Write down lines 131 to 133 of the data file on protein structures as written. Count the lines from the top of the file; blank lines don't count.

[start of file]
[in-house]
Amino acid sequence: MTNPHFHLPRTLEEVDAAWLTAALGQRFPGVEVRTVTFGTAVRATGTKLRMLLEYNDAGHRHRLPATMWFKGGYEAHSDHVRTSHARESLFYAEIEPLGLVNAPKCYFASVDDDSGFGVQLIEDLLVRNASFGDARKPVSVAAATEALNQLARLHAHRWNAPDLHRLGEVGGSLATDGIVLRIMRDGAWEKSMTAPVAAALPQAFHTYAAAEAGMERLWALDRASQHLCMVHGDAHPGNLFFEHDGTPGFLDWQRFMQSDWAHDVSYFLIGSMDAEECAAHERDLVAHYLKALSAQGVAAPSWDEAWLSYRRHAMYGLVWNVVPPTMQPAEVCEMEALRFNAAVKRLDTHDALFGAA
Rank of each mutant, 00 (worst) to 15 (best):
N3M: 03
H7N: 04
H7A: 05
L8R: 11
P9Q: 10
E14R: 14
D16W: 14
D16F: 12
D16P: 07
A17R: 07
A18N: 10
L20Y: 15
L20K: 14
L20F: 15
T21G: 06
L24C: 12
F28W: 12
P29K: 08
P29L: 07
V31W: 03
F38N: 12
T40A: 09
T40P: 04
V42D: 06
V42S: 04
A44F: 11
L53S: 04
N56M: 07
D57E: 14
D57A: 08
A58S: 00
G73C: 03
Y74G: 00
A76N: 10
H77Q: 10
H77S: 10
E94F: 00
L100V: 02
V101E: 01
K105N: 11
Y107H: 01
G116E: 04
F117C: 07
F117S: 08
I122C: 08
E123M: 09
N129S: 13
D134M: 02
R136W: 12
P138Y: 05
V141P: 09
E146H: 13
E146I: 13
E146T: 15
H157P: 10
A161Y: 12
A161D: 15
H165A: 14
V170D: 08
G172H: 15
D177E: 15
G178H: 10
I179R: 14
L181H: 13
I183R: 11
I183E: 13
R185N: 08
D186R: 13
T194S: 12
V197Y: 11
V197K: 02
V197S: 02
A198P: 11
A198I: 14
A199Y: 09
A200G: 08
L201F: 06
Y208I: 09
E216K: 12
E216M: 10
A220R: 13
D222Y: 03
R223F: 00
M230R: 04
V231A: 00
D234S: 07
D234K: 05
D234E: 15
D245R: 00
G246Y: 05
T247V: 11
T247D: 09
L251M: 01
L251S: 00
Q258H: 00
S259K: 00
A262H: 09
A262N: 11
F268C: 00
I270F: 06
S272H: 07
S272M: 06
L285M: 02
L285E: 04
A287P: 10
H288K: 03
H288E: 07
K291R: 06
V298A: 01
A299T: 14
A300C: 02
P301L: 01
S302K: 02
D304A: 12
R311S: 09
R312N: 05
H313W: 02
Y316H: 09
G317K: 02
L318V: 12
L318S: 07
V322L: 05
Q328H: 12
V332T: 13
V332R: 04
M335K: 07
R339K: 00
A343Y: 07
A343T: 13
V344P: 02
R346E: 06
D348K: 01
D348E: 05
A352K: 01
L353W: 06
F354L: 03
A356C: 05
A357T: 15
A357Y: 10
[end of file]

A343Y: 07
A343T: 13
V344P: 02